Early treatment decisions should take into account the expected disease course and result in a dentition which can be maintained long term. As dementia progresses, risk of plaque-related disease increases and it may become more difficult to achieve a high standard of plaque control, particularly where a third party is relied upon for personal care. Advanced restorative dentistry, for example fixed bridgework and implant retained prosthesis, can present a particular challenge when dementia has progressed and oral hygiene may deteriorate.
A number of other factors may affect diet and nutrition and as a consequence increase the risk of dental caries. These include an increased reliance on convenience foods, changes to taste and appetite, increased snacking and subsequent increase in sugar consumption.
Dietary choices may be made by a patient’s carers, or directed by medical needs. Nutritional supplements may be required in order to increase calorie intake, but these can also be high in sugar. Chewing may become more difficult, fluids may need to be thickened to prevent aspiration, and clearance of food from the mouth may be delayed. These changes, together with a dry mouth due to xerogenic medicine, significantly increase caries risk.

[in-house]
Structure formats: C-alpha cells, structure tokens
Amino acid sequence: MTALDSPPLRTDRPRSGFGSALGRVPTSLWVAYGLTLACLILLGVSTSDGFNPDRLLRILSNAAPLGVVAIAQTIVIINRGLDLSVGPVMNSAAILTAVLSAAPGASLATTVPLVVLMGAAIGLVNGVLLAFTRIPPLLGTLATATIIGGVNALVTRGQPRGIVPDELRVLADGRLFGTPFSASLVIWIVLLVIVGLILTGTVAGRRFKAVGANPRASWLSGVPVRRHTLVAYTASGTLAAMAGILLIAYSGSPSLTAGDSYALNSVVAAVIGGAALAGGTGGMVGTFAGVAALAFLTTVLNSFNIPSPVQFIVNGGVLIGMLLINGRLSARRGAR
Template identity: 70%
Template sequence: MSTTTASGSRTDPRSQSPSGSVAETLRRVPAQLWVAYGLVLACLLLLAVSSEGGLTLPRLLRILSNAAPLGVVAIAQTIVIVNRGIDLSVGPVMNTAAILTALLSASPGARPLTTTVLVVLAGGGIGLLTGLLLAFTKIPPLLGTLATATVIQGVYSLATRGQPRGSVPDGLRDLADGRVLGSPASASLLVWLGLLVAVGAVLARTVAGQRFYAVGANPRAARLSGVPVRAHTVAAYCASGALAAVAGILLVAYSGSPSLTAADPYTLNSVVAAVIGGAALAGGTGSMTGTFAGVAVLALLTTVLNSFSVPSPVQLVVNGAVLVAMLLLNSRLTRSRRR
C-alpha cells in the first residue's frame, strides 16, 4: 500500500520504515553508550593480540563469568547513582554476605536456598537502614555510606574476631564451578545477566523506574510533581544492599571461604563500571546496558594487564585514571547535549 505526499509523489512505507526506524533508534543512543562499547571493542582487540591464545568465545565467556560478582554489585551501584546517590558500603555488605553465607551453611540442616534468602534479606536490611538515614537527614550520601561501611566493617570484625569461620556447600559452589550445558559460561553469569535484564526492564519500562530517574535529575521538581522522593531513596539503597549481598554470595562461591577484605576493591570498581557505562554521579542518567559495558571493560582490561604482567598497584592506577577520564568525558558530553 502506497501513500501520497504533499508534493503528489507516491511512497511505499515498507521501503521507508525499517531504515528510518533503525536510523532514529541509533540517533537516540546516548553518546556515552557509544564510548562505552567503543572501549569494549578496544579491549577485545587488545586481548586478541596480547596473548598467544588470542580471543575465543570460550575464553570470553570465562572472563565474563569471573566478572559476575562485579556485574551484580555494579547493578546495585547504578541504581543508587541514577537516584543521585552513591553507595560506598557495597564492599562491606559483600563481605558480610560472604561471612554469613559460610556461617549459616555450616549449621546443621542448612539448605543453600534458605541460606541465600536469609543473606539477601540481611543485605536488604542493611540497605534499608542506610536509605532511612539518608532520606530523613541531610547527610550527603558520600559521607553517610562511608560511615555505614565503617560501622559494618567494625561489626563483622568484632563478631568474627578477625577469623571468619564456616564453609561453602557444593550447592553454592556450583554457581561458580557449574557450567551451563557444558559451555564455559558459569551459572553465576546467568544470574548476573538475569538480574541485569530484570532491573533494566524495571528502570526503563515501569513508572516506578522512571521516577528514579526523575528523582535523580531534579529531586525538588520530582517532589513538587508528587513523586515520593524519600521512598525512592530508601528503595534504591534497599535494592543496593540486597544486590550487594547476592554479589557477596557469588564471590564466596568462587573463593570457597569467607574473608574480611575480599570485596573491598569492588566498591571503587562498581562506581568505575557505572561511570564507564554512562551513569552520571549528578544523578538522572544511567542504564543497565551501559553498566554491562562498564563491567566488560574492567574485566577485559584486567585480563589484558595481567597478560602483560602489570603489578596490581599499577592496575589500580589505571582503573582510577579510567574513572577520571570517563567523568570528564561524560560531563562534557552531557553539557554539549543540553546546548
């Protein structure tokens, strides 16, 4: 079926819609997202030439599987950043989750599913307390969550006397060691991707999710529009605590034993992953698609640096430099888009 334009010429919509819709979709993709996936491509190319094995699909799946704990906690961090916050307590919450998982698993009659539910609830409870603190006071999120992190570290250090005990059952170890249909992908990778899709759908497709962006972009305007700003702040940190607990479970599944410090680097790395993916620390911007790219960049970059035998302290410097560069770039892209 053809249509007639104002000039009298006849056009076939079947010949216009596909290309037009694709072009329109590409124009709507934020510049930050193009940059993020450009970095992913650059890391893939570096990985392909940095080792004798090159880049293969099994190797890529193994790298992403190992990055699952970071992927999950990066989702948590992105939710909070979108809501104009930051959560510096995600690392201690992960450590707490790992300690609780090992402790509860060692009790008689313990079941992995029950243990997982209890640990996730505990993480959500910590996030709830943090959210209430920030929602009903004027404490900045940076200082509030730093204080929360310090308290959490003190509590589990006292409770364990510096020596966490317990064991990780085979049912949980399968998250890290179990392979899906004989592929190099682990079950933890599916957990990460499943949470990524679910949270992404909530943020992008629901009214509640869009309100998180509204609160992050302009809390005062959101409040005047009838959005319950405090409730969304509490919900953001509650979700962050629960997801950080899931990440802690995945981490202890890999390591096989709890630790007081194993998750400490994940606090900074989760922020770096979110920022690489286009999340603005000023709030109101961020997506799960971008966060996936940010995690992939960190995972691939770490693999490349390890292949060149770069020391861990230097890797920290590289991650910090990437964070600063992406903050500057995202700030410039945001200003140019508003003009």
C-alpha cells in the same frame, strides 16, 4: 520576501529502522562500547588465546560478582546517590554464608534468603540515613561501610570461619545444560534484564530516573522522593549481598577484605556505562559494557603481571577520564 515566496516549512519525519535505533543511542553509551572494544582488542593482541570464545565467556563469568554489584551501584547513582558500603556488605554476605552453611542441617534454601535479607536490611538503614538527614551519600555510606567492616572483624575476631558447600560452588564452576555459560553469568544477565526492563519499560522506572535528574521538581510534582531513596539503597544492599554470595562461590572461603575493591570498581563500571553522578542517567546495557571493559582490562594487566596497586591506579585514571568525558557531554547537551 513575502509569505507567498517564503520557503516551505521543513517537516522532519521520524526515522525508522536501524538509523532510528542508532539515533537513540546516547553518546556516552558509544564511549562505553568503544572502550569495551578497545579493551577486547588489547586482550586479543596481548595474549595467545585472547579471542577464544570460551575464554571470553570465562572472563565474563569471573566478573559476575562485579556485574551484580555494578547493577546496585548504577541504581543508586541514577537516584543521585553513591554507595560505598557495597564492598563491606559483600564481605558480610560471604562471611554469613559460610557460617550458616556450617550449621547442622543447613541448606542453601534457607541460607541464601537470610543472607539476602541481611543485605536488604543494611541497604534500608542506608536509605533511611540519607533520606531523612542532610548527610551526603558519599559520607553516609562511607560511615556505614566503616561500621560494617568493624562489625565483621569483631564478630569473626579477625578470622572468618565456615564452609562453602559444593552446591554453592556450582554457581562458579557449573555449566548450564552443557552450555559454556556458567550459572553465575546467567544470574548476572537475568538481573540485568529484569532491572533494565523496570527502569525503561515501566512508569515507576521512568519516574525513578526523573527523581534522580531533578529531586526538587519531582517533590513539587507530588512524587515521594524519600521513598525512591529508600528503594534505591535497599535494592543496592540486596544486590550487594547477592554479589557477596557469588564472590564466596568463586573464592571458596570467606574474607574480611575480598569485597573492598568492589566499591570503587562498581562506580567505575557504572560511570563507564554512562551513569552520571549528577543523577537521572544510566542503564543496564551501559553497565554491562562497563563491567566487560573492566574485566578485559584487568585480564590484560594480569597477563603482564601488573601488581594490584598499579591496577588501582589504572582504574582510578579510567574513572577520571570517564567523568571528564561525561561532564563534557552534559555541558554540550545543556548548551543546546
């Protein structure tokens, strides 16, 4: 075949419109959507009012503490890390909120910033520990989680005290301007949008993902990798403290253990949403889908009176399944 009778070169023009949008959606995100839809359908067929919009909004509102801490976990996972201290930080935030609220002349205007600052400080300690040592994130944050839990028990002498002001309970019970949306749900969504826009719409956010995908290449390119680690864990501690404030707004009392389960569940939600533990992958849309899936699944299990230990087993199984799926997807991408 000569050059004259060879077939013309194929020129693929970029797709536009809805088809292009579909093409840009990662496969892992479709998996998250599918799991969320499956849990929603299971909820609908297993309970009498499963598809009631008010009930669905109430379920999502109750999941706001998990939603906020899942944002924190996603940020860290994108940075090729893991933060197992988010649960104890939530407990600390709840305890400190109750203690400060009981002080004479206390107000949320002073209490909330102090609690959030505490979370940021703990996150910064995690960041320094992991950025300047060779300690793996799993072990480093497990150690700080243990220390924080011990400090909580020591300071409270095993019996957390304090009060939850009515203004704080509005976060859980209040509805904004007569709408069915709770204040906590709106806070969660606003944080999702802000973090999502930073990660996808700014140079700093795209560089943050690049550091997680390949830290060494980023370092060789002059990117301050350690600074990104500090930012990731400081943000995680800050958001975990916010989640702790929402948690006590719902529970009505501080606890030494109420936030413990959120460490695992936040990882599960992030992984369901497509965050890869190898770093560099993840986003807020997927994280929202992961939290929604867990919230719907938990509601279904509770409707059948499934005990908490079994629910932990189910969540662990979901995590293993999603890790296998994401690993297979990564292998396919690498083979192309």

Special care dentists will agree that the provision of operative dental treatment in the later stages of dementia can be challenging
PREVENTIVE DENTAL CARE
Access to dental care can become more problematic as memory deteriorates. Communication of pain can be less specific, and it may become necessary to consider other behavioural changes such as altered demeanour, sleep and eating patterns, alongside objective signs such as swelling or reaction to palpation of soft and hard tissues.
Anxiety and cognitive decline can mean reduced cooperation in dental treatment and it may become necessary to consider intravenous sedation or general anaesthesia in some cases. It is vital to carefully balance the risks of these procedures against the benefits of treatment. Medical comorbidities, such as chronic cardiorespiratory disease, may present increased risks such as aspiration pneumonia or post-operative delirium in the cognitively impaired patient.
Prevention of oral disease remains the foundation of care for people with dementia. The best time to discuss possible future problems associated with dementia is following diagnosis, whilst cognition and the ability to accept care are largely unchanged. Removal of nonfunctional, non-aesthetic, carious and heavily restored teeth may be advised, rather than providing treatment which is unlikely to be maintained in the longer term. The shortened dental arch approach may be considered, with the overall aim of providing a functional, easily maintained dentition with good long-term stability.